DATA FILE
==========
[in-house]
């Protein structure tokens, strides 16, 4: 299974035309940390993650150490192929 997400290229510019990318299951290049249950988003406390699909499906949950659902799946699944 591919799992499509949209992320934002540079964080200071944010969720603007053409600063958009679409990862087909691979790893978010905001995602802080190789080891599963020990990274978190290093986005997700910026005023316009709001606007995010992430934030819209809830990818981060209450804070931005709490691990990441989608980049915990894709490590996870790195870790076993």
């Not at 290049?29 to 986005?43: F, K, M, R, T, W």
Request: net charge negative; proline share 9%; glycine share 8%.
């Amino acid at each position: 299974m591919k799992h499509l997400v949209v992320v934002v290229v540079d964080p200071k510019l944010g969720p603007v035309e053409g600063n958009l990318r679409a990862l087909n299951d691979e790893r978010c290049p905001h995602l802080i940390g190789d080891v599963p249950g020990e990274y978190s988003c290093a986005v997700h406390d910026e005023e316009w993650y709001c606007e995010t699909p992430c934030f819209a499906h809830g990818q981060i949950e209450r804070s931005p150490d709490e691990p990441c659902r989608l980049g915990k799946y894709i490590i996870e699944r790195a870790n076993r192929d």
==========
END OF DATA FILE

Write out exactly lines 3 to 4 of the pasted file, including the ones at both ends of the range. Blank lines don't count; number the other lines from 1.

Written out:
């Not at 290049?29 to 986005?43: F, K, M, R, T, W």
Request: net charge negative; proline share 9%; glycine share 8%.